76ers

More questions than answers with Markelle Fultz shoulder saga

More questions than answers with Markelle Fultz shoulder saga

The Sixers are unfortunately in familiar territory.

No. 1 overall pick Markelle Fultz will be shut down for at least the next three games with a shoulder injury. That's not the only thing that's familiar. The circumstances surrounding Fultz's injury are flat out weird.

First, his agent said Tuesday that Fultz had his shoulder drained. He then came back out and said Fultz actually had a cortisone shot.

It may be optimistic to say Fultz will be ready to go after his three-game absence, but head coach Brett Brown said he sees this situation as a good thing.

"I'm glad for him," Brown said before Wednesday's game against the Rockets. "I think we all understand that there were some things going on and I feel like this is a time where he can take a deep breath. We can help move forward I think in a cleaner way. I'm looking at this as a positive."

Fultz's shot has been an interesting topic of conversation. His struggles with it have been evident as the rookie has shot just 33.0 percent from the field in four games. The 19-year-old guard shot 41.3 percent from three at Washington, but did struggle somewhat at the line, shooting 64.9 percent.

So was it Fultz who decided to change his shot mechanics, hoping to improve, or was it the shoulder injury that caused the change?

"There's no doubt that Markelle, in the goodness of his heart and trying to do the right thing, tried to readjust his shot," Brown said. "He historically has been a left hip guy and [not shoot with his feet square to the basket]. On his own he decided, with some help, to be able to try and improve it." 

If there's someone who can feel Fultz's pain, it's Joel Embiid. The Sixers' star big man missed his first two seasons with a broken navicular bone. He was then subject to a minutes restriction during a 31-game rookie season that ended prematurely with a torn meniscus.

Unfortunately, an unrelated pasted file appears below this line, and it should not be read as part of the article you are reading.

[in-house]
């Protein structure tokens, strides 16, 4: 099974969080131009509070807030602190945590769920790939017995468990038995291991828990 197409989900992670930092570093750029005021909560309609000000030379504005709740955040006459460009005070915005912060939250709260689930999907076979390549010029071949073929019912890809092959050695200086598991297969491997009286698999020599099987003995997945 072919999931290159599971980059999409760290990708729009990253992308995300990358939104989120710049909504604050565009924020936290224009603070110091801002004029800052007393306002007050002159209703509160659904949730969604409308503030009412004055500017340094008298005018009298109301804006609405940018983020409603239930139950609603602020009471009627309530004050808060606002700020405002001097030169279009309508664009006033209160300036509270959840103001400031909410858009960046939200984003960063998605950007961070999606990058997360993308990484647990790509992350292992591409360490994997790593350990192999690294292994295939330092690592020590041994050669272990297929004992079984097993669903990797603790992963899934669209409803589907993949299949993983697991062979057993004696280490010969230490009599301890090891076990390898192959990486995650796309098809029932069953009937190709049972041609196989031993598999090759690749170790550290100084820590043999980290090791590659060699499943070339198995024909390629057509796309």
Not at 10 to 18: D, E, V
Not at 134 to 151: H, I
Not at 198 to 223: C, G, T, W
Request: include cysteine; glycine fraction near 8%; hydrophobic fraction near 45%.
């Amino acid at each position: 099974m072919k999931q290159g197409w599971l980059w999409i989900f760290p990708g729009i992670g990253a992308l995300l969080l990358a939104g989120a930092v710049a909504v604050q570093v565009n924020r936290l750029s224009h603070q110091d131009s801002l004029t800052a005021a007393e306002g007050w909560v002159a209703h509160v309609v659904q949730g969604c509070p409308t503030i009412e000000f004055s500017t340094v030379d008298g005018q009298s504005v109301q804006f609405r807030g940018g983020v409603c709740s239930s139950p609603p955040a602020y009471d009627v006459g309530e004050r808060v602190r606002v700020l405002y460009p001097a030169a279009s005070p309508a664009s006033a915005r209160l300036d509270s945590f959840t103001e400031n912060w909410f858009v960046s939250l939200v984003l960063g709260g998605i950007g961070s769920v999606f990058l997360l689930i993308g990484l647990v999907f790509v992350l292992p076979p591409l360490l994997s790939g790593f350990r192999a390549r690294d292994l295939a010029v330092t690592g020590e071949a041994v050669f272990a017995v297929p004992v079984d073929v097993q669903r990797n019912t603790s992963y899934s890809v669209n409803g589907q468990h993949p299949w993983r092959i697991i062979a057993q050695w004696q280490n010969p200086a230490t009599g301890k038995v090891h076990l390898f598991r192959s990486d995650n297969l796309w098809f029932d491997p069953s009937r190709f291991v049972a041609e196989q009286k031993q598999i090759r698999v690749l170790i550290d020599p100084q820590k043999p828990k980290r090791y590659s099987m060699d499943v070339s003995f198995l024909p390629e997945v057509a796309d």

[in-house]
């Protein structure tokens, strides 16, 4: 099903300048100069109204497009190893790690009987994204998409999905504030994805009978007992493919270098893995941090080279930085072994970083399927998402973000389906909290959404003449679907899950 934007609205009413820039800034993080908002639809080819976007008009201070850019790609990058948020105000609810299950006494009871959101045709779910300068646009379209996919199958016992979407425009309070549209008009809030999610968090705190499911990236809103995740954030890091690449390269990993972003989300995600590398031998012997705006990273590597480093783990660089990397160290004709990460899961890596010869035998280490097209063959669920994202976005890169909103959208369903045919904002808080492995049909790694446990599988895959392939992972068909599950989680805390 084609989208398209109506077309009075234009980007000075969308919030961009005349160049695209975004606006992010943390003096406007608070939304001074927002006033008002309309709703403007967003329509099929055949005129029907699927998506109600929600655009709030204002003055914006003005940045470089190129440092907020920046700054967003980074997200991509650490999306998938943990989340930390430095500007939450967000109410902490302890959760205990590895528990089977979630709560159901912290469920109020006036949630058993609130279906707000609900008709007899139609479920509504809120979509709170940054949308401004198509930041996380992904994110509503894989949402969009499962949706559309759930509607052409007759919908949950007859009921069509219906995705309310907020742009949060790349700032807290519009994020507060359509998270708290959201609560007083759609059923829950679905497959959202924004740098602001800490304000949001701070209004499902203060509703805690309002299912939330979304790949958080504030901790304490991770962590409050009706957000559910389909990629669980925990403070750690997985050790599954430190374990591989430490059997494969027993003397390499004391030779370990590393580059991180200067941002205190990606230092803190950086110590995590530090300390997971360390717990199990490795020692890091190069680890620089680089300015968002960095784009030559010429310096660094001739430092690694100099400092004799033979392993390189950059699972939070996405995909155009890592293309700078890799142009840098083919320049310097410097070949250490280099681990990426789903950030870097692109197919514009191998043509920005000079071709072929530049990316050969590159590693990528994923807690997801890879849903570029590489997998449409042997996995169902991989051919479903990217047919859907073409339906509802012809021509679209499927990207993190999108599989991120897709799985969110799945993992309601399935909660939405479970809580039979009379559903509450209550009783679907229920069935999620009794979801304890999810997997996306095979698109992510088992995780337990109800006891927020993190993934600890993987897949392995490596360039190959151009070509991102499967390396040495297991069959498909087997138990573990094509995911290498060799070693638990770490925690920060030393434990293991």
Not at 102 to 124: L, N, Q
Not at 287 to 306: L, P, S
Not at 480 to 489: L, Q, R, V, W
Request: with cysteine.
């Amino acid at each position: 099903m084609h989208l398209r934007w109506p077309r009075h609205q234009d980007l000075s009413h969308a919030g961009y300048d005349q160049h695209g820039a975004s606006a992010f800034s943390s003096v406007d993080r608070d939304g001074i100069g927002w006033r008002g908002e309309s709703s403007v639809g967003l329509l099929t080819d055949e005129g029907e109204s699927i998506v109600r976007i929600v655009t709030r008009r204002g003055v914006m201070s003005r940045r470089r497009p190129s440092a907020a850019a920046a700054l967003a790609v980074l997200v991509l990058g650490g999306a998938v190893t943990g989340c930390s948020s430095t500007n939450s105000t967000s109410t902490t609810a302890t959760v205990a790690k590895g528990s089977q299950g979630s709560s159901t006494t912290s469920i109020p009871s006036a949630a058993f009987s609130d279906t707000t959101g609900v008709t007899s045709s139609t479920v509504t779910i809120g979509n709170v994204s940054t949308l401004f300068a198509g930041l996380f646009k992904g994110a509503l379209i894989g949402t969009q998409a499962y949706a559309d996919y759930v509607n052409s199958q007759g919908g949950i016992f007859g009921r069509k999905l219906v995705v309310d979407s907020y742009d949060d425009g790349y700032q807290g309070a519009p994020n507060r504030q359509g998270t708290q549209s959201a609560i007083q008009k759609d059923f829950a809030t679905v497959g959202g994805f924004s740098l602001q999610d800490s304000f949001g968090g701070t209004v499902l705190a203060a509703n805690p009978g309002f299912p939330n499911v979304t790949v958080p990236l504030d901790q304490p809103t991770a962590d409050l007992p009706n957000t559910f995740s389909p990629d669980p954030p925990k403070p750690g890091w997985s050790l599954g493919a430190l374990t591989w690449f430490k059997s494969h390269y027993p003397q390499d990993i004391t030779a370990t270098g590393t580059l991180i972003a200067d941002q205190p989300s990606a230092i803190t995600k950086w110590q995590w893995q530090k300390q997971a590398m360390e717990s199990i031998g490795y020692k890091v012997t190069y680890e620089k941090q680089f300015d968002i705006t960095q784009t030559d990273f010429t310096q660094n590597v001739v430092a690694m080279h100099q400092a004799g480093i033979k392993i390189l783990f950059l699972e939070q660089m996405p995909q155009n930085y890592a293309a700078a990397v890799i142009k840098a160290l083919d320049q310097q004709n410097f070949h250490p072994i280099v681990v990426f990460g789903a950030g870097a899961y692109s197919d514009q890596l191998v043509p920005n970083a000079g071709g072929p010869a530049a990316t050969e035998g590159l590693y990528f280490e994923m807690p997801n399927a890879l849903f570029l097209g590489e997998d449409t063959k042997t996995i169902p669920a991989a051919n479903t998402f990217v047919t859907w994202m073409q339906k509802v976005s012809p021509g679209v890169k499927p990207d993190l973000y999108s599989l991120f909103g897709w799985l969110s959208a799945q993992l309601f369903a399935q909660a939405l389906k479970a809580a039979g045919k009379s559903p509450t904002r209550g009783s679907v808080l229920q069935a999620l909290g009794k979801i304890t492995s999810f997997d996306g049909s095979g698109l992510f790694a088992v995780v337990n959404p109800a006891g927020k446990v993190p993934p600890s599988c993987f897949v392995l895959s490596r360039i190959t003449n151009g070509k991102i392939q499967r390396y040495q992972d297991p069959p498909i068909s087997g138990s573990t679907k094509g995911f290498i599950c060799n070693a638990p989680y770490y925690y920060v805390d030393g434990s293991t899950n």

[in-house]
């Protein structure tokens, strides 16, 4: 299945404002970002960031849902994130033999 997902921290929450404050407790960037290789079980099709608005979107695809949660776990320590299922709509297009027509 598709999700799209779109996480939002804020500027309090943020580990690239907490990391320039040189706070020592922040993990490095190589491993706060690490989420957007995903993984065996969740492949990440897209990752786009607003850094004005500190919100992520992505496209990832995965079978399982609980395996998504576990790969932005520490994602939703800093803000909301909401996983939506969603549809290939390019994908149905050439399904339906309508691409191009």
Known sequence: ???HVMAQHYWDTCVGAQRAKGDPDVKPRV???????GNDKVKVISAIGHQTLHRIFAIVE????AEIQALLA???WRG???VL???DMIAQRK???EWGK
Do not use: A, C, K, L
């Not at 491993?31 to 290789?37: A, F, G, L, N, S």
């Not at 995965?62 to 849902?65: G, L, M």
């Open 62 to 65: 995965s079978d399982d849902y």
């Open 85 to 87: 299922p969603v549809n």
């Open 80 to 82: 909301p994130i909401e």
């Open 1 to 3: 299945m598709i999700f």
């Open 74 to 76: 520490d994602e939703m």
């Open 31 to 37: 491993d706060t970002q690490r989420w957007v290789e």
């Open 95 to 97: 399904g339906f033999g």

Embiid has talked to Fultz about his situation and has told the rookie to keep his head up.

"He's been trying to stay positive," Embiid said. "Obviously he's been dealing with that since the summer. I think I'm the best one that can help him just because I've gone through that. Then the media perception and also the fans, I've gone through all that and I've been around him a lot."

One thing is for sure, Embiid can't wait to see his new teammate back on the court.

"I can't wait to play with him because I think me and him in the pick-and-roll is going to be unstoppable because I think that's going to be where it's going to help us a lot," Embiid said.

We're left with so many questions, even after speaking to president of basketball operations Bryan Colangelo and Brown. 

Why did Fultz want to fix his shot, part of the reason he became the first overall pick? When did he start to experience pain in his shoulder? When they saw Fultz struggling so much with his shot, why did the team continue to play him? How much time will he miss?

"The kid is a baller. He can really play," Brown said. "I think as time unfolds we're going to feel this out a little more. We have a very aggressive plan for him in place as he comes with us and continues to be a part of our team."